Cardiac parasympathetic nervous system activity does not increase in anticipation of sleep.

Abstract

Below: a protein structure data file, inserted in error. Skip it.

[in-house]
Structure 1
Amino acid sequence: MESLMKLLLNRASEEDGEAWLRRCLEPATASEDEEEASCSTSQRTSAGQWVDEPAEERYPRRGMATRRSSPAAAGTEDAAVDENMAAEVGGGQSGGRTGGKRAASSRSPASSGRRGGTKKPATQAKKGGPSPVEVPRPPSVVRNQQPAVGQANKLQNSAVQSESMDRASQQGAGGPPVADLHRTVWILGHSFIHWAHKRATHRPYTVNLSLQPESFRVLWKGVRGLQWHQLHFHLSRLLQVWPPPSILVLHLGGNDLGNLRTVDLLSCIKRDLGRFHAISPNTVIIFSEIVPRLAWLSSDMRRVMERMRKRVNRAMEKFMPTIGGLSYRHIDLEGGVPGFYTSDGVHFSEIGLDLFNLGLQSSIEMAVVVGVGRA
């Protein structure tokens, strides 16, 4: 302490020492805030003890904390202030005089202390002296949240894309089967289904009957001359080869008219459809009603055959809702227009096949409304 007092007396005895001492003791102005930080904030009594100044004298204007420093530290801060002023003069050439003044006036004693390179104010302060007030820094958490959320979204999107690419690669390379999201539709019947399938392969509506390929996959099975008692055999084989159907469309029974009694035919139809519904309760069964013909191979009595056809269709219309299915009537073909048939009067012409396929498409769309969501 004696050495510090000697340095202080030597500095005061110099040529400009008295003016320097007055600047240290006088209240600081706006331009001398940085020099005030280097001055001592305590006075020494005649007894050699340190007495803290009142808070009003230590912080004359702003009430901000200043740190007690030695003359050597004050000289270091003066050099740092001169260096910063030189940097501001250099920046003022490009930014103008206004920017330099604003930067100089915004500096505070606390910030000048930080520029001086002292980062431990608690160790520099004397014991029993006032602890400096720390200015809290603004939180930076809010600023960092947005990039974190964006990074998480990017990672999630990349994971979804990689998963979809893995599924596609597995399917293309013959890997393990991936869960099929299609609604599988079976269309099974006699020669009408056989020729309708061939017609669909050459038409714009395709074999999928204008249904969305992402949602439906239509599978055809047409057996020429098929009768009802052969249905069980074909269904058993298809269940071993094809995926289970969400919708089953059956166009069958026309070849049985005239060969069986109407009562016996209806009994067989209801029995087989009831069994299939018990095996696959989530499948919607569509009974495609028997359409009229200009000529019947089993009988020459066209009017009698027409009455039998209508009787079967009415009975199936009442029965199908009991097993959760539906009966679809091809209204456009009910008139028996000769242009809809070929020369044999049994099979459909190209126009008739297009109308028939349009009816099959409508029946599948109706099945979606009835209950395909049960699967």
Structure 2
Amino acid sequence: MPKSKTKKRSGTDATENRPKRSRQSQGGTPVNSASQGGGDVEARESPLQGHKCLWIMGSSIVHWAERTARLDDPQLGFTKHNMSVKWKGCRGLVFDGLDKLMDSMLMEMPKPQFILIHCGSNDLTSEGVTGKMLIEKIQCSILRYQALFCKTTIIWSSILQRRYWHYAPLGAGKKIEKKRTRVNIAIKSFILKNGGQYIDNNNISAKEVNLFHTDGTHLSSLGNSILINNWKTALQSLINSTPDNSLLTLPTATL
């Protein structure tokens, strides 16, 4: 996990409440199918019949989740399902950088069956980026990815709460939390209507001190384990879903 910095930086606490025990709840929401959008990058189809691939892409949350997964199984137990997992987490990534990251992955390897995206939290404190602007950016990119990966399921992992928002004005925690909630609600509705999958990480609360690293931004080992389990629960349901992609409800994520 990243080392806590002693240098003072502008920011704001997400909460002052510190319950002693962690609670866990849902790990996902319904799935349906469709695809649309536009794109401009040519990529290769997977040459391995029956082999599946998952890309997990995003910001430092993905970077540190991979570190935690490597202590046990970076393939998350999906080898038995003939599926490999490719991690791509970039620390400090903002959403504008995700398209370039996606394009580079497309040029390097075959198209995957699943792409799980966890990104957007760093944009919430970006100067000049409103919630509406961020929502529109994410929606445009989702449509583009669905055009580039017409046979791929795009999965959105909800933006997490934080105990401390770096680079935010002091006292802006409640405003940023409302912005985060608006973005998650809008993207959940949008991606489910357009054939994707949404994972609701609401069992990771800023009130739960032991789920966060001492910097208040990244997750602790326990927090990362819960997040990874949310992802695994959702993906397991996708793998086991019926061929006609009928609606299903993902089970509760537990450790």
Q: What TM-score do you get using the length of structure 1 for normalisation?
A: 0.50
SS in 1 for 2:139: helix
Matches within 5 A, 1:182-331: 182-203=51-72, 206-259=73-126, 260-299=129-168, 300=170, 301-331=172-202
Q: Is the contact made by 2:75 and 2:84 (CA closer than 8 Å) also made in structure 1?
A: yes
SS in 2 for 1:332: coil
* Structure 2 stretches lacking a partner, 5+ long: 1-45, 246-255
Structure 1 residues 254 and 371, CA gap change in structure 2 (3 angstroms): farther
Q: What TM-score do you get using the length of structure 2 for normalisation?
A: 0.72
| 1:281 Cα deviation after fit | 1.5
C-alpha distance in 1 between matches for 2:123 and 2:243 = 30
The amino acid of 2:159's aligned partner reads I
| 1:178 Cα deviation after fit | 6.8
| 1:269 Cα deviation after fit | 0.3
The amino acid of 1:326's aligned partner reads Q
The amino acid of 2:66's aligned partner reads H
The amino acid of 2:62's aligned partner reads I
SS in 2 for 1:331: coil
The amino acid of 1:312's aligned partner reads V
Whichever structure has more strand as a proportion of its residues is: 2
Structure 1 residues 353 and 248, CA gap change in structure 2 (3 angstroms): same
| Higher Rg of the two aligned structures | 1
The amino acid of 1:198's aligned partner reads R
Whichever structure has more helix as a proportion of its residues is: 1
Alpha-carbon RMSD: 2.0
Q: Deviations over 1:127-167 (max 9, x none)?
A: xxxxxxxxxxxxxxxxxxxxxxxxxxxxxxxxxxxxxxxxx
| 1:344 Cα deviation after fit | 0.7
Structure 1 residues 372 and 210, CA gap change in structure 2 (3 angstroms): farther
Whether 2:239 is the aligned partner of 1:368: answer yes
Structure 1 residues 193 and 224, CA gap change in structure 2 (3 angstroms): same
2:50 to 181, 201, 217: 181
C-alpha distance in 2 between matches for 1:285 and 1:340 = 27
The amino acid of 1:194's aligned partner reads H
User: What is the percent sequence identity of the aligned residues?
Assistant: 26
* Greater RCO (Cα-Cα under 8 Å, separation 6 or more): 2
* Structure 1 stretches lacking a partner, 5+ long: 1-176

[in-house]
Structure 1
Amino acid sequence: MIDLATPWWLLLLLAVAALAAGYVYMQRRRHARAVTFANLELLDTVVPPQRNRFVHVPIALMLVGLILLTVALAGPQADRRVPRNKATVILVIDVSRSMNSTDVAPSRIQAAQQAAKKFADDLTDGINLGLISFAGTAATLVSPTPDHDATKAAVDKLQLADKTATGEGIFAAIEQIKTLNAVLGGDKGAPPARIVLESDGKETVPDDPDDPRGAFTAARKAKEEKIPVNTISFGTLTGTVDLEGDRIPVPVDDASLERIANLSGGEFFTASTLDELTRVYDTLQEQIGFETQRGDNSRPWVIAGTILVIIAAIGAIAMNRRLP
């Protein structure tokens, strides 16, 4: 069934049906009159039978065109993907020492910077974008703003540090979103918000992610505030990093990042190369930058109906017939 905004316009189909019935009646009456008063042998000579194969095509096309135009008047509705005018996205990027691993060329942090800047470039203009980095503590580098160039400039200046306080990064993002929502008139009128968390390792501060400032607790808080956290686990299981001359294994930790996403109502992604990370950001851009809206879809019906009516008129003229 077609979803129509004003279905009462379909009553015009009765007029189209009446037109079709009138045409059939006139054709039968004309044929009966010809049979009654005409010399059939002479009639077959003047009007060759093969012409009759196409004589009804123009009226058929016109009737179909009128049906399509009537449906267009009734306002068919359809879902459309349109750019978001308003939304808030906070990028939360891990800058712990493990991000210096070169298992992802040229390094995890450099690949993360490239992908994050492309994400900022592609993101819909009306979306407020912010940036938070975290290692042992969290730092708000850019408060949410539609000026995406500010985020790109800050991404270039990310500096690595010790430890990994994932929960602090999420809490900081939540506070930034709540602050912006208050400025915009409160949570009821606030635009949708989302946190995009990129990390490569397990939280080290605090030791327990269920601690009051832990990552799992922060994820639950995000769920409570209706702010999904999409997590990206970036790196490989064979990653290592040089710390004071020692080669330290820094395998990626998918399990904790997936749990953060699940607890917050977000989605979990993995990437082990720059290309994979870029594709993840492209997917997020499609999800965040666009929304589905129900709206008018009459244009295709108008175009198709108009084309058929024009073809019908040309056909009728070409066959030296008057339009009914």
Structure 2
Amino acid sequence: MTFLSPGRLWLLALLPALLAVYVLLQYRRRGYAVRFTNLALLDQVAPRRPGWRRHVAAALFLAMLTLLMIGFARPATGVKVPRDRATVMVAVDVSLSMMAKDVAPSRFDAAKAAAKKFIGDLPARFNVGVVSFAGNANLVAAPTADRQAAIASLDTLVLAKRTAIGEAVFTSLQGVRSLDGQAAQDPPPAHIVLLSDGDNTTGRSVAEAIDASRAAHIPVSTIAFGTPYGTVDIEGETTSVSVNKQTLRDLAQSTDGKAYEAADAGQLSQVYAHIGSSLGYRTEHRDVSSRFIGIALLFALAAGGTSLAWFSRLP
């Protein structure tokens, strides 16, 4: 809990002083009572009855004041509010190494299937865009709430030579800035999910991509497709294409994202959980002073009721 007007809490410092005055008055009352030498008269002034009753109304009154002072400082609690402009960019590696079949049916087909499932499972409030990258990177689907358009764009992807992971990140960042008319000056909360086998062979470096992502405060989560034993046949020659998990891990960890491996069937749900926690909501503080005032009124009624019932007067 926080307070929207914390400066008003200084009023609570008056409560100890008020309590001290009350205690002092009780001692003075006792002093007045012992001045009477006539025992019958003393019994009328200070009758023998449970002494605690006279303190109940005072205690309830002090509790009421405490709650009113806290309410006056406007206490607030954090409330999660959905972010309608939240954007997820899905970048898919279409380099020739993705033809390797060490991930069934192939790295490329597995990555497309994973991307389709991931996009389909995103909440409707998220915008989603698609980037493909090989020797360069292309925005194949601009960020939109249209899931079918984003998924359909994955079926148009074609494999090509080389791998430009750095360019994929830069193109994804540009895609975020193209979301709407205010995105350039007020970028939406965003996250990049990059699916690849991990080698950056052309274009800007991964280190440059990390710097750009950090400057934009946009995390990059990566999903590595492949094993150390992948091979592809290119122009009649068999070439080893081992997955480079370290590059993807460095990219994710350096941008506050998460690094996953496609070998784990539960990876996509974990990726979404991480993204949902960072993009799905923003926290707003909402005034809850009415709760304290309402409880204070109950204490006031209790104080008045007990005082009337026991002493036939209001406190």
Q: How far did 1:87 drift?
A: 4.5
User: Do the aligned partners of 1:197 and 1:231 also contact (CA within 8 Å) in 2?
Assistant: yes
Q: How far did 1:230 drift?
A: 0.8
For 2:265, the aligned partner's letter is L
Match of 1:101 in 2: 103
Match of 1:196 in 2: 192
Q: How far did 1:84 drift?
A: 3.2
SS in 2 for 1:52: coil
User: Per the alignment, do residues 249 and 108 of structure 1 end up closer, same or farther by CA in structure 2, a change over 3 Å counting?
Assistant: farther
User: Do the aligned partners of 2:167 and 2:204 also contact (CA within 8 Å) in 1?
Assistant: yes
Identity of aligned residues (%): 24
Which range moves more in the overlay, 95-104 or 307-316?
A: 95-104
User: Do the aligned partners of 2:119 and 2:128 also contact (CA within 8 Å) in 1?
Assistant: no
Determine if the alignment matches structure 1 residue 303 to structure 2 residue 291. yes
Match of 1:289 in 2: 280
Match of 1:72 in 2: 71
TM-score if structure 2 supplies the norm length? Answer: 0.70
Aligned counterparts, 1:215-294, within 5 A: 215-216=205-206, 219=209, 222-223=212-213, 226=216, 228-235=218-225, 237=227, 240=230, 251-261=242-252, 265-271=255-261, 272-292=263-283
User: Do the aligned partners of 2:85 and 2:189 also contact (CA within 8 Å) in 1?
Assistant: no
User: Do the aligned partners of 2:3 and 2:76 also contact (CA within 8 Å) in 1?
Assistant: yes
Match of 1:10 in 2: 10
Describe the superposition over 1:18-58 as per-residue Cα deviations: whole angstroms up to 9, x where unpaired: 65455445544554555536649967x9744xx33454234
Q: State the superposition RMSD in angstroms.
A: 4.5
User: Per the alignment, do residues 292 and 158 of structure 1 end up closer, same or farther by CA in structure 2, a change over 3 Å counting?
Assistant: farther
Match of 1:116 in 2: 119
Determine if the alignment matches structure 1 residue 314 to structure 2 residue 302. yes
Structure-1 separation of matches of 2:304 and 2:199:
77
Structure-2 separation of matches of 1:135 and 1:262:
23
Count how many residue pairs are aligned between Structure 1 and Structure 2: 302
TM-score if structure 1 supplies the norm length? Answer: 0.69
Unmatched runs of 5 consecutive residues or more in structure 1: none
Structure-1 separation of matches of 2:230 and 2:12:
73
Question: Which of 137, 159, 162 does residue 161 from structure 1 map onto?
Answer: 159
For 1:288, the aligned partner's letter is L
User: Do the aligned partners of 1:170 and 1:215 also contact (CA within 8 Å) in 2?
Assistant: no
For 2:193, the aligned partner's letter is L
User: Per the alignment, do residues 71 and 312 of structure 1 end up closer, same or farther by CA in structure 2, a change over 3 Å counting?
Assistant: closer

Parasympathetic Nervous System (PNS) activity increases while Sympathetic Nervous System (SNS) activity remains relatively stable from wakefulness to NREM sleep. However, it is not clear whether these changes are specifically associated with NREM sleep, or whether they anticipate sleep onset. The latter may occur if ANS activity was influenced by the circadian system. This issue was investigated by conducting spectral analysis of heart beat-to-beat intervals (Periodogram method), collected from 20 healthy male and female subjects at three different times across 24 h; in the morning, just prior to normal sleep onset time, and in slow-wave sleep (SWS). Subjects were supine in all conditions and awake in the first two conditions. The high- and low-frequency peaks, reflecting PNS and SNS activity, respectively, were expressed as proportions of the total power. PNS activity decreased significantly from the morning (0.22) to the presleep period (0.19), before it increased to its maximum during SWS (0.33). In contrast, SNS activity was similar in each of the three conditions (0.07, 0.06, and 0.05 for morning, presleep and SWS, respectively). Thus there do not appear to be changes in PNS activity in anticipation of sleep, as would be predicted on the basis of a circadian influence on the PNS. Instead the increased PNS activity appears to be sleep dependent.

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